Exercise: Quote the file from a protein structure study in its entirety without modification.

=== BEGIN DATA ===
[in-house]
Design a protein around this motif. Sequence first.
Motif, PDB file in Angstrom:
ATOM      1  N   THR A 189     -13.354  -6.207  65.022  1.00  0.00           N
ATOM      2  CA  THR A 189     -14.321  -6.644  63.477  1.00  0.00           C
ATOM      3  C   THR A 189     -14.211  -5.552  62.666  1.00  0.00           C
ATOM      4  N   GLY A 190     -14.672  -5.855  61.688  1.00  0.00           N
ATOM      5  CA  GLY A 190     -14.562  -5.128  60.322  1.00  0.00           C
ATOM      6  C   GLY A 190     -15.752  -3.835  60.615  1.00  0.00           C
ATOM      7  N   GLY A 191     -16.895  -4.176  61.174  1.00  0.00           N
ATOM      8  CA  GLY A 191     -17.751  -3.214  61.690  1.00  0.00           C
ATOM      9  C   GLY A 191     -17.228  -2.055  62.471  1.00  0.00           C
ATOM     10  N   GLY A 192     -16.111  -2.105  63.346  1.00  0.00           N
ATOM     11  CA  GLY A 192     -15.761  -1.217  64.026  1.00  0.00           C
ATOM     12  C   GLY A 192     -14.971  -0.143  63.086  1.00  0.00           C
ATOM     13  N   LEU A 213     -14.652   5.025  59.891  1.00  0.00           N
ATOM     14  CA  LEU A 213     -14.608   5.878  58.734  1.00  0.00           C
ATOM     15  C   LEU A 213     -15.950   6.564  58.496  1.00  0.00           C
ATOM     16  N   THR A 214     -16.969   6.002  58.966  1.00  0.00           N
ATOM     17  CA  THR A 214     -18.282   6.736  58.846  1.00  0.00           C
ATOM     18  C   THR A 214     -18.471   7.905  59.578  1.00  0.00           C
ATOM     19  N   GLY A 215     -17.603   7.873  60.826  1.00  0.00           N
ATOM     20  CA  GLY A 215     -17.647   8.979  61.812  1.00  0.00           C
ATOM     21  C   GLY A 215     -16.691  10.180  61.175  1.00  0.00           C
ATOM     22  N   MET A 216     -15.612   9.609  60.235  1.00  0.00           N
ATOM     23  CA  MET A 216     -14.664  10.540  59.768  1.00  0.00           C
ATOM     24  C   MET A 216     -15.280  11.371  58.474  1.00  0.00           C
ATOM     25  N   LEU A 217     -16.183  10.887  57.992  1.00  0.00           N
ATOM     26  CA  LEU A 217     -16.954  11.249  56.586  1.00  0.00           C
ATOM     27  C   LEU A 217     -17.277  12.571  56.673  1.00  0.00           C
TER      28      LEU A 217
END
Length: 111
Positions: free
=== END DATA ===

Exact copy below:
[in-house]
Design a protein around this motif. Sequence first.
Motif, PDB file in Angstrom:
ATOM      1  N   THR A 189     -13.354  -6.207  65.022  1.00  0.00           N
ATOM      2  CA  THR A 189     -14.321  -6.644  63.477  1.00  0.00           C
ATOM      3  C   THR A 189     -14.211  -5.552  62.666  1.00  0.00           C
ATOM      4  N   GLY A 190     -14.672  -5.855  61.688  1.00  0.00           N
ATOM      5  CA  GLY A 190     -14.562  -5.128  60.322  1.00  0.00           C
ATOM      6  C   GLY A 190     -15.752  -3.835  60.615  1.00  0.00           C
ATOM      7  N   GLY A 191     -16.895  -4.176  61.174  1.00  0.00           N
ATOM      8  CA  GLY A 191     -17.751  -3.214  61.690  1.00  0.00           C
ATOM      9  C   GLY A 191     -17.228  -2.055  62.471  1.00  0.00           C
ATOM     10  N   GLY A 192     -16.111  -2.105  63.346  1.00  0.00           N
ATOM     11  CA  GLY A 192     -15.761  -1.217  64.026  1.00  0.00           C
ATOM     12  C   GLY A 192     -14.971  -0.143  63.086  1.00  0.00           C
ATOM     13  N   LEU A 213     -14.652   5.025  59.891  1.00  0.00           N
ATOM     14  CA  LEU A 213     -14.608   5.878  58.734  1.00  0.00           C
ATOM     15  C   LEU A 213     -15.950   6.564  58.496  1.00  0.00           C
ATOM     16  N   THR A 214     -16.969   6.002  58.966  1.00  0.00           N
ATOM     17  CA  THR A 214     -18.282   6.736  58.846  1.00  0.00           C
ATOM     18  C   THR A 214     -18.471   7.905  59.578  1.00  0.00           C
ATOM     19  N   GLY A 215     -17.603   7.873  60.826  1.00  0.00           N
ATOM     20  CA  GLY A 215     -17.647   8.979  61.812  1.00  0.00           C
ATOM     21  C   GLY A 215     -16.691  10.180  61.175  1.00  0.00           C
ATOM     22  N   MET A 216     -15.612   9.609  60.235  1.00  0.00           N
ATOM     23  CA  MET A 216     -14.664  10.540  59.768  1.00  0.00           C
ATOM     24  C   MET A 216     -15.280  11.371  58.474  1.00  0.00           C
ATOM     25  N   LEU A 217     -16.183  10.887  57.992  1.00  0.00           N
ATOM     26  CA  LEU A 217     -16.954  11.249  56.586  1.00  0.00           C
ATOM     27  C   LEU A 217     -17.277  12.571  56.673  1.00  0.00           C
TER      28      LEU A 217
END
Length: 111
Positions: free